In the last two seasons, Younes Kaboul has clocked a meagre 229 minutes of Premier League football. Unless the Frenchman’s fitness significantly improves, his career at Tottenham could well be in jeopardy.
Kaboul is a fine defender—arguably Tottenham’s second-best behind Jan Vertonghen, when on form and free from injury. Sadly, this is becoming an increasingly rare occurrence, with persistent knee and thigh injuries restricting him to just one Premier League start in both the 2012/13 and 2013/14 campaigns.
How much longer can Tottenham afford to gamble on his situation improving?
Last Sunday’s humiliating defeat to Liverpool—although not exclusively attributable to the team’s defensive ineptitude—highlighted the perils of relying upon three centre-backs. With Vertonghen and Vlad Chiriches carrying knocks, Andre Villas-Boas was forced into fielding the makeshift centre-back pairing of Etienne Capoue and Michael Dawson—a recipe for disaster in light of Luis Suarez’s scintillating form.
Had AVB been able to call upon the services of a true centre-back, in place of Etienne Capoue, events might’ve panned out differently—in saying that, considering the nature of the defeat, it’s naïve to suggest a simple personnel swap would’ve completely altered proceedings.
All teams experience tricky patches, where injuries pile up and compromises have to be made, but it falls under the management’s remit to limit such eventualities.
Clearly, there’s been a lack of foresight exercised with regards to Tottenham’s defensive cover. Not only in central defence but also in the full-back positions, as evidenced by Kyle Naughton’s humbling match-up against Raheem Sterling—an avoidable scenario had Benoit Assou-Ekotto not been inexplicably loaned out to Queens Park Rangers.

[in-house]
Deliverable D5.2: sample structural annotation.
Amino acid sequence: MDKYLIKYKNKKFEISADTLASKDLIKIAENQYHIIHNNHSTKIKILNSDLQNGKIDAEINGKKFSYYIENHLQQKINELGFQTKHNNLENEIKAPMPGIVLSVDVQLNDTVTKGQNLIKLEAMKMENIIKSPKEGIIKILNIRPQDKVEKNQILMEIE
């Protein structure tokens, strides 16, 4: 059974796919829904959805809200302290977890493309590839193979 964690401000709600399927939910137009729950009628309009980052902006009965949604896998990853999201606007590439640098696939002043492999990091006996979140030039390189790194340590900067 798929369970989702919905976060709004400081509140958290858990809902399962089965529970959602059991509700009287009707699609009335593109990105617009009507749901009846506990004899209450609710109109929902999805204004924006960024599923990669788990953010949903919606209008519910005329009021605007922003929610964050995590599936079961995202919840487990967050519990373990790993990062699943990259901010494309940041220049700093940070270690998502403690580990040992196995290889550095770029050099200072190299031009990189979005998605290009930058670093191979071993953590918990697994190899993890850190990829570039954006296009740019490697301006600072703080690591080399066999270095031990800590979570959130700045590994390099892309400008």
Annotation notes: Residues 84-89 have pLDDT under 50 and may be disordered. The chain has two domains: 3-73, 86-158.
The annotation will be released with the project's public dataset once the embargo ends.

If Tottenham are intent on naming only four recognised centre-backs in the 25-man squad, it’s imperative that there are no passengers.
Which raises the question as to why AVB and Co. saw fit to relieve Tottenham’s ready-made fifth centre-back—Steven Caulker—of his duties, in full knowledge of Kaboul’s physiological state. Perhaps the potential £10.5 million payout was too good to pass up, although one might suggest that this constitutes the going rate for a promising home-grown prospect.
Kaboul’s constant setbacks are in part a post-operation complication, as revealed by AVB (via The Standard):
It’s a bit of a problem because of his injury in the knee it has taken him time for his body to adapt to new positions on his run. Because of that he’s putting extra strain on his muscles and keeps getting small contractions that limit him finishing the games.
So it’s not absurd to suggest that Caulker’s presence would’ve reduced the pressure on Kaboul’s return, according him the requisite time to fully recuperate.
To earn a new contract, Kaboul desperately needs to prove his fitness before this season’s denouement. Hopefully, the worst of his travails have passed and he can establish a starting berth in the first team.
This writer fears that—in the spirit of Ledley King—Tottenham have another supremely gifted defender whose true potential will never be fully explored.